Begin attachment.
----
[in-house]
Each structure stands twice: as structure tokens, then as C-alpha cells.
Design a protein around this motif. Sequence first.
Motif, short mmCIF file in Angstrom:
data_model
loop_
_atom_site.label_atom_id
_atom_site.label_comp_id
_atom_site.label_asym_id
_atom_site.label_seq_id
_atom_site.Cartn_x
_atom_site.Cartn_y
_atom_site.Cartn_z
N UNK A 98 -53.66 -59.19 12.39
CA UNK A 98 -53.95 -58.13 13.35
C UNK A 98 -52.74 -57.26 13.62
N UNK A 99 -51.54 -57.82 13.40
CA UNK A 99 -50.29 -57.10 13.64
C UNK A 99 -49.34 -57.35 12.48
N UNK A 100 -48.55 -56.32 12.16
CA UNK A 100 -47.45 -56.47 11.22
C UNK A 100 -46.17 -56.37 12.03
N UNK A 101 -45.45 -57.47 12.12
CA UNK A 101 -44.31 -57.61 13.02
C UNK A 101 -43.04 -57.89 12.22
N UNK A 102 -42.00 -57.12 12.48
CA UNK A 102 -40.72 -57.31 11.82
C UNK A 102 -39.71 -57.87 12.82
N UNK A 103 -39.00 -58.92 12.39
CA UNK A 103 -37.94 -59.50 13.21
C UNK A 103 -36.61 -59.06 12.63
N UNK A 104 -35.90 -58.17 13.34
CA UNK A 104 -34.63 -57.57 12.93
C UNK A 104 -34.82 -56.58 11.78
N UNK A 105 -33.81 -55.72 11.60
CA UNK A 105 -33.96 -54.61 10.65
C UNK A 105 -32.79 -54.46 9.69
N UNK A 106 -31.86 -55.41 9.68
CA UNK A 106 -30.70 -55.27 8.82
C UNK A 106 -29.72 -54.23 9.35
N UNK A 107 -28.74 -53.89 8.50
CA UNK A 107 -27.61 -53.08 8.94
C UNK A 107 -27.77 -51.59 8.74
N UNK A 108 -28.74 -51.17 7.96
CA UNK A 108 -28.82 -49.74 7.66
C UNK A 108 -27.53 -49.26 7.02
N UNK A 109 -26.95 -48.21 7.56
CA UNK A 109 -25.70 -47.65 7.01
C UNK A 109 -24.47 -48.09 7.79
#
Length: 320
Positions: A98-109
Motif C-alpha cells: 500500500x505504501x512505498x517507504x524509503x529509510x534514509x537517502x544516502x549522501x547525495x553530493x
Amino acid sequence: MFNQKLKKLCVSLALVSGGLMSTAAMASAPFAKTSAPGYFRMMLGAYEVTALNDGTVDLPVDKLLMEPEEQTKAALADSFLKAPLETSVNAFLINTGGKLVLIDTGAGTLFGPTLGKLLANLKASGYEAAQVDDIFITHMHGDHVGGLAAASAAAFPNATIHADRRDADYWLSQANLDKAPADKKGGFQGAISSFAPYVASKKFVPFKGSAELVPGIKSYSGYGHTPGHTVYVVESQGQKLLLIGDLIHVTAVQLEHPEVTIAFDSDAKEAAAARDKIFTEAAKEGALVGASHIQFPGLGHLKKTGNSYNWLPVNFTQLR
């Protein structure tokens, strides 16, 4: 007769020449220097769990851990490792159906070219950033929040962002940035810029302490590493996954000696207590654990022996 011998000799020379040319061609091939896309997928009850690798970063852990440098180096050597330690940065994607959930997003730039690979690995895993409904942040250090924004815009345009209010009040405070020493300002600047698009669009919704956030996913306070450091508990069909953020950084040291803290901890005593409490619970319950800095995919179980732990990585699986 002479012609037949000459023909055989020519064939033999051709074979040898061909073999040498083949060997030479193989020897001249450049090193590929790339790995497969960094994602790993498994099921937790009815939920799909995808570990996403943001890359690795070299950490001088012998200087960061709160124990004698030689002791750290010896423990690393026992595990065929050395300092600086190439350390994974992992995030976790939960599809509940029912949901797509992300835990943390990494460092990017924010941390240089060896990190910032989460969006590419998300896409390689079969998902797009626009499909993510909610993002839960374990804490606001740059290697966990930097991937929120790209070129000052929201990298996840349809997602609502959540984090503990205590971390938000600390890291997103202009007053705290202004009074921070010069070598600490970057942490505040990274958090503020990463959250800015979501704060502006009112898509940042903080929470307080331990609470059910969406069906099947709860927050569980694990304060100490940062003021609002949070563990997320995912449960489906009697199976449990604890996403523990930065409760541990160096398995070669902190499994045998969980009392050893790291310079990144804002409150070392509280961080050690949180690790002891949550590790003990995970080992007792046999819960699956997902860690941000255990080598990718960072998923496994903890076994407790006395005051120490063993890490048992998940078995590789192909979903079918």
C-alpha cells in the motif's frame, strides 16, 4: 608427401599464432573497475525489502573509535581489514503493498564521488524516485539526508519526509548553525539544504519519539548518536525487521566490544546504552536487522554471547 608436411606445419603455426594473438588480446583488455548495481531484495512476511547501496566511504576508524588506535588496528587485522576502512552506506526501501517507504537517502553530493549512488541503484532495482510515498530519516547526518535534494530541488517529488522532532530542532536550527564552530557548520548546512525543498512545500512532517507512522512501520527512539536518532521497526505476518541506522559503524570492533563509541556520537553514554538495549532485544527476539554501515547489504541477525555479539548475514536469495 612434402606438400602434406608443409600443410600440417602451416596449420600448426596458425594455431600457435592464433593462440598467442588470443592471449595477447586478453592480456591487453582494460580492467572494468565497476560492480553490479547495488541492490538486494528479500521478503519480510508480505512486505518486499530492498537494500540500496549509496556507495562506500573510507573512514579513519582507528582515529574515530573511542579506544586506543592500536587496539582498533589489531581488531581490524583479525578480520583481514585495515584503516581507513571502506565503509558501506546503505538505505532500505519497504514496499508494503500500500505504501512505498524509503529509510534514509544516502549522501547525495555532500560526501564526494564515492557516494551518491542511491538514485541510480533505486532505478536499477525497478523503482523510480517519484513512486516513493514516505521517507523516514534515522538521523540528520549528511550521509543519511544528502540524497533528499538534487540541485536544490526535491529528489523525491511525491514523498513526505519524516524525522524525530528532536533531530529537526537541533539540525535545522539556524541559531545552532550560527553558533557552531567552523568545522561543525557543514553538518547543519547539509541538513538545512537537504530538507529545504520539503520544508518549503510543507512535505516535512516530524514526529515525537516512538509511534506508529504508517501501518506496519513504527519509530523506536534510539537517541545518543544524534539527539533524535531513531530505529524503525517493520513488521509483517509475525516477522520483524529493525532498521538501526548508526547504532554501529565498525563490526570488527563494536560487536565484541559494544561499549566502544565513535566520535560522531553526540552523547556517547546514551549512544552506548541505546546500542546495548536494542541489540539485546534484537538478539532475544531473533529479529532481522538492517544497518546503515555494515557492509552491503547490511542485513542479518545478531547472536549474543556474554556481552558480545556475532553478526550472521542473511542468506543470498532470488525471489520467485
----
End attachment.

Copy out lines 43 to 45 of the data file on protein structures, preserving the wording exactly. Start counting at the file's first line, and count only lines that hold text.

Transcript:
C UNK A 107 -27.77 -51.59 8.74
N UNK A 108 -28.74 -51.17 7.96
CA UNK A 108 -28.82 -49.74 7.66